Liked by 4 people

  25. In 1990 my Gma passed away and I remember as I looked down at her thinking, when was the last time I told her I loved her and did she know. I decided that day to always let everyone in my life know I love them and how I feel about them so that I never have to ask myself that question again. Later when we were cleaning out her house we found a card I had sent her by her bed that said just stopped by to say I love you. So maybe this is a gratitude in knowing that when we show love and gratitude it does come back to us. Plus it makes your heart warm and your face smiles. 😄 I love your posts. 🙏🏼🦋💜

    Liked by 3 people

  26. lilie215 says:

    Gratitude begins with expressing thanks for the material things, experiences, events and people and evolves, I believe, into that deeper understanding the Dalai Lama gave when asked what he was thankful for, “this precious human birth”.

    Liked by 1 person

  27. Really interesting post thank you :O) I think that gratitude has become cliched because people feel that it is something they ‘ought’ to do in order to be viewed as virtuous by others rather than something that they want to do. In recent years materialistic success has been somewhat frowned upon and the people who pursue it viewed as selfish or self-centered. I’m not sure that the promotion of selflessness by some is anything other than self-interest as they strive for acceptance in a World that seems, these days, to be dominated and obsessed by political correctness. I think that real gratitude can only come when you forget about other people completely and think deeply and carefully about your own life and focus on the things in it that enrich your experience. Real gratitude is also being thankful for the negative – as a friend said to me the other day “I am thankful for the people who hate me because I can always learn something from them and that enriches my life”. She is one of the most loving and caring people I’ve ever met and if I end up half as enlightened as she is I’ll be very happy indeed! Thanks again for a truly thought provoking post and have a great day x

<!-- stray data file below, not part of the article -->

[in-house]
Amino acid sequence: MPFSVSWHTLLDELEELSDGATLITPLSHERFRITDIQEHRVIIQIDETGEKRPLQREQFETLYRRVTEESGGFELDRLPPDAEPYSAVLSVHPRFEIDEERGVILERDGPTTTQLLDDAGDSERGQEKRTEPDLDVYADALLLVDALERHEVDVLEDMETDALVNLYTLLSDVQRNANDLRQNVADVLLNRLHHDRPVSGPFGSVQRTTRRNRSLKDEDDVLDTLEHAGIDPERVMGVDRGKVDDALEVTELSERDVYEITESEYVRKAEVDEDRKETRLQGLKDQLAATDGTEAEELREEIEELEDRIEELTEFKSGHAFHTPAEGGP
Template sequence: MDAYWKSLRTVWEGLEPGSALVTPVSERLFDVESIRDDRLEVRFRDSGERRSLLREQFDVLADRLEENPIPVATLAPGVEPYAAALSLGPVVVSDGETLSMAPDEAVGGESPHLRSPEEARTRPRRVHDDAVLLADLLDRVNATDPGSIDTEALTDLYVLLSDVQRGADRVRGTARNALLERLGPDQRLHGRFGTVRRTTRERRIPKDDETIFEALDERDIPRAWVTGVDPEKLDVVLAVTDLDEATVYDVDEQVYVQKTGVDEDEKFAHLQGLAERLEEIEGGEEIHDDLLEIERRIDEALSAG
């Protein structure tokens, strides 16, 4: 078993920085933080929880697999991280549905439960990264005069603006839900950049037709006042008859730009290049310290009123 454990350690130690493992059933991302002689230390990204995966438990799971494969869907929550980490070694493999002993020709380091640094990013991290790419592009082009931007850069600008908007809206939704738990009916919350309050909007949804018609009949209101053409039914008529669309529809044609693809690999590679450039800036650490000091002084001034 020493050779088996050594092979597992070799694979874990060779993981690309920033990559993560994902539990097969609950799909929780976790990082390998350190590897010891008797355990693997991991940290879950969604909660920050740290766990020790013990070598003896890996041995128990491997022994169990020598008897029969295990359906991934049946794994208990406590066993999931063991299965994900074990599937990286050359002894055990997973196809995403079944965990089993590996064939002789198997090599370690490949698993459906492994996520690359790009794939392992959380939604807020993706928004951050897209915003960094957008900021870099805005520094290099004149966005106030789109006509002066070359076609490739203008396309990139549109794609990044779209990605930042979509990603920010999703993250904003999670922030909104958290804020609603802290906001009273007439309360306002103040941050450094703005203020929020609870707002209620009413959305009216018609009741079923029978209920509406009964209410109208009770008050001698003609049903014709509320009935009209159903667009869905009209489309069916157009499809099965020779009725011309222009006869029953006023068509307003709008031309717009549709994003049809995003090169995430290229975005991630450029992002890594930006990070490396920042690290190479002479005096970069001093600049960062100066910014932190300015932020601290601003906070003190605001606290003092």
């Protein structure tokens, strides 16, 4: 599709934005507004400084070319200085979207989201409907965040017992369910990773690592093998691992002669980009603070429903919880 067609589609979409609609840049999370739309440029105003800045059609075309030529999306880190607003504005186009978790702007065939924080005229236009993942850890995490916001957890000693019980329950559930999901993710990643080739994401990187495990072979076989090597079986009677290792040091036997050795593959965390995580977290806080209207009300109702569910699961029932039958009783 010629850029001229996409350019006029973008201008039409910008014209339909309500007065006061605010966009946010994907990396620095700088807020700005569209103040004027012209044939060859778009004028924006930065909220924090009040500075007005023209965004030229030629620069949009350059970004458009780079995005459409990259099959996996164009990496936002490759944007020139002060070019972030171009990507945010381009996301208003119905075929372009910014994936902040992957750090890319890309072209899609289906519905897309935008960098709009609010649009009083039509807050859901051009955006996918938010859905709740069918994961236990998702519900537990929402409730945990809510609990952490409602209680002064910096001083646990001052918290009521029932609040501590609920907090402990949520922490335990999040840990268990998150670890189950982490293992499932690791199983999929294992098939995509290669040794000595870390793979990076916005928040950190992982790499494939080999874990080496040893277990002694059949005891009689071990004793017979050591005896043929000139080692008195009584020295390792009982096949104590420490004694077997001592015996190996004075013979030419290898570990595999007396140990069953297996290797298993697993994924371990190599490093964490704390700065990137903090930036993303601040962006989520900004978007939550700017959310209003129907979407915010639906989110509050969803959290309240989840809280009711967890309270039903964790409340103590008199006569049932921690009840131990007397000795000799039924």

Liked by 1 person

  28. I practice gratitude each day too and believe in its immense powers . Have a happiness jar by my side and write one thing to be grateful for each day or one thing that bought happiness to me each day in it . My gratitude rock sits smartly on my side table reminding me to sleep with gratitude at heart !

    Liked by 1 person

  29. ceyeh96 says:

    I love this post! A lot of tweetable moments here. haha. A good post I’d read again and again. Thanks for this. I think a lot of people are dismissal when it comes to being grateful. It’s hard for me personally to be grateful for things I take for granted. For example, how can I be grateful all the time that I can use a toothbrush and toothpaste to brush my teeth? But the definition of gratitude that you’ve shared is actually quite new to me. I knew it was about being thankful but I didn’t know it was also about reciprocity. This brings new light to the word!

    Liked by 1 person

  30. ekurie says:

    True, sincere, genuine gratitude has many dimensions. Humility, grace, generosity, kindness. The basis and stability of everything. And look at people who have little, they are generally happier than those who have so much! Thank you for this post!

    Liked by 1 person

  31. tigre23 says:

    Thanks for sharing, I try to practice gratitude regularly and also try to instil it in my daughter. I find being told to be grateful isn’t meant to solve your problems but make you think and realise to be thankful you have something that you care enough about to have an issue with or that in the big scheme of things, our problems are not as big as we make them to be. It is our thought process which makes the problem seem big. Being grateful for what we have rather than what we don’t shifts the mindset – realising that some people don’t have what you have even if it’s not a lot. Some people have less and are happier! Peace and blessings! 🙂

    Liked by 1 person

  32. janmalique says:

    Gratitude hasn’t become either clichéd or unnecessary. I think in this age of instant gratification many people take things for granted. The real value of even the smallest aspect of life is missed. Good health, even still breathing and being able to get out of bed are big pluses. Being genuine and showing kindness are to be applauded.

    Liked by 1 person

  33. mishainjapan says:

    Great post. A visualization technique I use at the start of every meditation sessions in the mornings is to think of 5 things I’m grateful for. It helps put things into perspective, especially when I’m frustrated or stressed.

    Liked by 1 person